Thu 2 Apr, 2015

Keeping Digital Marketing Skills Current Is Your Responsibility

Spend a few minutes surfing some respectable digital industry sites and it becomes clear; everyone’s talking about education. You can’t get away from it. Even the other night, I switched the TV on and Martha Lane Fox was talking about it on BBC1.

The general gist of it is this; digital moves fast, so how do we make sure we keep up? At the moment it’s proving very difficult. And this applies to everybody; from users and consumers, to people wanting to get into the industry, right up to seasoned pros like you and me.

If we refine our focus to digital performance marketing specifically, its clear that keeping up to speed on all the channels, technologies and techniques is a challenge, given how quickly things develop.

It’s an important challenge to overcome; we need to get new people into the industry and we need to develop our skills and knowledge once we’re in it.

Despite the fact that everyone in the world understands that the web brings new opportunities, when it comes to explaining what these are from an employment point of view, we don’t do a great job. For example, I have two upcoming speaking gigs at London universities on careers in digital marketing; both institutions have said that this is the first time they have run such a session. And be honest, how many of you fell into the profession rather than actively sought it out?

Once you’ve landed that job, development can’t stop there. We need to encourage existing staff to develop. If they don’t they either get burnt out or bored. Nobody wants to stay only on paid search (or any other individual channel) their whole life. If people aren’t given the chance to develop and flourish then they will look for an alternative environment where they can. So whilst it is easy to get carried away by the hustle and bustle of our day jobs, it is vital we remember to give our teams chances to learn.

This issue is actually more serious for companies bringing advertising in-house. One of the great things about agencies is that they provide services across different channels and so they are naturally great places to learn. In-house teams are far smaller by comparison and don’t have natural exposure to new channels and techniques.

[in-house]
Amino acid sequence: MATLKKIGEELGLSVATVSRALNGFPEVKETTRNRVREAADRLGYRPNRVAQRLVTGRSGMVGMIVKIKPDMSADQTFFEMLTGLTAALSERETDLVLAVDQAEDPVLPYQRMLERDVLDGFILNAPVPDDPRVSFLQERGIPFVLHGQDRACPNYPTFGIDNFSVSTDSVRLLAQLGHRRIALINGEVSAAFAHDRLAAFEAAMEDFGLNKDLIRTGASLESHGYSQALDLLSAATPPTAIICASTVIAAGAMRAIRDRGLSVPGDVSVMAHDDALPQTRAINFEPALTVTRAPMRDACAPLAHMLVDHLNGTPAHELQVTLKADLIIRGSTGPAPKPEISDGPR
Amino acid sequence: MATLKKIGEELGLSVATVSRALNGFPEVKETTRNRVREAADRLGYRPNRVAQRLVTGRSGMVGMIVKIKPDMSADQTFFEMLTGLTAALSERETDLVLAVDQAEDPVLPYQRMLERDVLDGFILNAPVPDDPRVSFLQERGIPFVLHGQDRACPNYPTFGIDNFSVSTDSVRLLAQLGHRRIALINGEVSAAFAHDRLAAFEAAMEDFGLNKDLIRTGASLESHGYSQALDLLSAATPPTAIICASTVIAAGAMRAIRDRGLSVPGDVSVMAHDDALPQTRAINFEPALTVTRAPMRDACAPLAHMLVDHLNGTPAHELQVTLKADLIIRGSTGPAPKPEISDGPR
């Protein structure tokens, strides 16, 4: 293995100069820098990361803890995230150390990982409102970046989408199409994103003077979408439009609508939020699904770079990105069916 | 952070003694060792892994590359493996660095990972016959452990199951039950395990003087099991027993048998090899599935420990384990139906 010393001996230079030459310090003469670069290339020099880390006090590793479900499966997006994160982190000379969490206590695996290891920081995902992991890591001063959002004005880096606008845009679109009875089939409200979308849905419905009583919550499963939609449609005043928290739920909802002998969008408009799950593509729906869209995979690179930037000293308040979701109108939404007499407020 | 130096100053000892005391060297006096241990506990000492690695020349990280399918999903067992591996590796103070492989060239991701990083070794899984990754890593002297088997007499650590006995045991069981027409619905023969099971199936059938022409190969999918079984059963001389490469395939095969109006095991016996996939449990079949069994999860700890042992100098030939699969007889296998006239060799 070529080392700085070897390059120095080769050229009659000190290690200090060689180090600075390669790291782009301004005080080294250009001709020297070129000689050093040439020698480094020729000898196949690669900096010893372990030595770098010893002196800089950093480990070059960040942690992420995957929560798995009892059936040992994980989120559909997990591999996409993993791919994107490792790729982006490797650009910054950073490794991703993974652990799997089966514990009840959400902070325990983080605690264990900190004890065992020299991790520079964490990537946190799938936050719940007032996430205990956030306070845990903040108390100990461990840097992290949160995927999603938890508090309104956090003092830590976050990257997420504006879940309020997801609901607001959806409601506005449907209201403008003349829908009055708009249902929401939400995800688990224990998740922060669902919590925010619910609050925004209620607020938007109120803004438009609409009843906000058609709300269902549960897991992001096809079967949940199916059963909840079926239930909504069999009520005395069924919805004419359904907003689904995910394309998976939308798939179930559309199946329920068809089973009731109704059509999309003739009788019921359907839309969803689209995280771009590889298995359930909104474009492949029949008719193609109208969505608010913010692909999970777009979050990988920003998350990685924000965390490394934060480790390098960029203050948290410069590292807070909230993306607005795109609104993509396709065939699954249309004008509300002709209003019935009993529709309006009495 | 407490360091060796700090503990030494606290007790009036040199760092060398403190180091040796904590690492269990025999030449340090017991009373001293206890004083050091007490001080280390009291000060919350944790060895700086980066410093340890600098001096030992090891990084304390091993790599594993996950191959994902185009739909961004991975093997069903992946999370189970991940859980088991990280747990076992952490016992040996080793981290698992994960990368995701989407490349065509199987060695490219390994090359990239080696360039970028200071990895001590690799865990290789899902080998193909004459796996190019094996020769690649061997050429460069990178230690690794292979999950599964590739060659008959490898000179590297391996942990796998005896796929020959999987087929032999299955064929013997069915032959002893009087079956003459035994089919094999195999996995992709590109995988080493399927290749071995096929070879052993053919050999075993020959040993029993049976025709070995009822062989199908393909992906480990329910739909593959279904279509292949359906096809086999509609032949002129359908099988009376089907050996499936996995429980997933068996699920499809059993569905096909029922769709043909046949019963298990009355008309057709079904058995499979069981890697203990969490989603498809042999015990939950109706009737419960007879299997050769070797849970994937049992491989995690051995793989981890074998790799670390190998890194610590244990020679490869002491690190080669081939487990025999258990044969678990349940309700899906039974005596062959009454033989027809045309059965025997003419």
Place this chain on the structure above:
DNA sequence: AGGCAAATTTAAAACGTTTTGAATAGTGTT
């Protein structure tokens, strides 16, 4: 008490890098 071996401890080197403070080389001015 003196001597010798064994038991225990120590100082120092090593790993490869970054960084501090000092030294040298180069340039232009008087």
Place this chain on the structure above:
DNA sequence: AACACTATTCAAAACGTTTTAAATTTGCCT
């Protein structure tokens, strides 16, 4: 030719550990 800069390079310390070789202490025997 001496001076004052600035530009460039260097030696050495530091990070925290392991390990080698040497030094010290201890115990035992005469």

For people wanting to get into the industry, the most natural place to look would be academic institutions. If you wanted to be a Doctor, you would study Medicine at uni, right? So surely the same would apply to digital marketing. But we all know this doesn’t ring true. The pace of innovation is simply too fast for universities to keep up.

Let’s say it takes a year for an emerging channel to be recognised by the industry. It then needs to be fed back to the university, find its place on a curriculum and built into a course. I’d wager this takes a good year or two. So we’re already minimum two years too late.

Universities cannot and should not be expected to be teaching their students about the latest trends, technologies and techniques in digital marketing. They can lay the foundations, but it is up to the industry itself to build on them.

But where specifically? There are industry bodies, such as the IAB, who create plenty of good content. There are blogs, more often than not originating in Silicon Valley, which share some of the latest tips and tricks for growth. Here’s a great thread on inbound about where to go to improve your digital marketing skills. There are tons of industry events with great speakers and there are training companies like our good selves.

Knowledge is out there. It is down to both the company and the individual themselves to come up with a plan to go and get it. It’s easy to complain about the lack of education and more difficult to do something about it.

Identify what you need to learn, do some research about where you can find the information and then go and get it. And if you’re already working in the industry, get your company to pay — after all, they’re the ones who are complaining about the lack of education in the first place!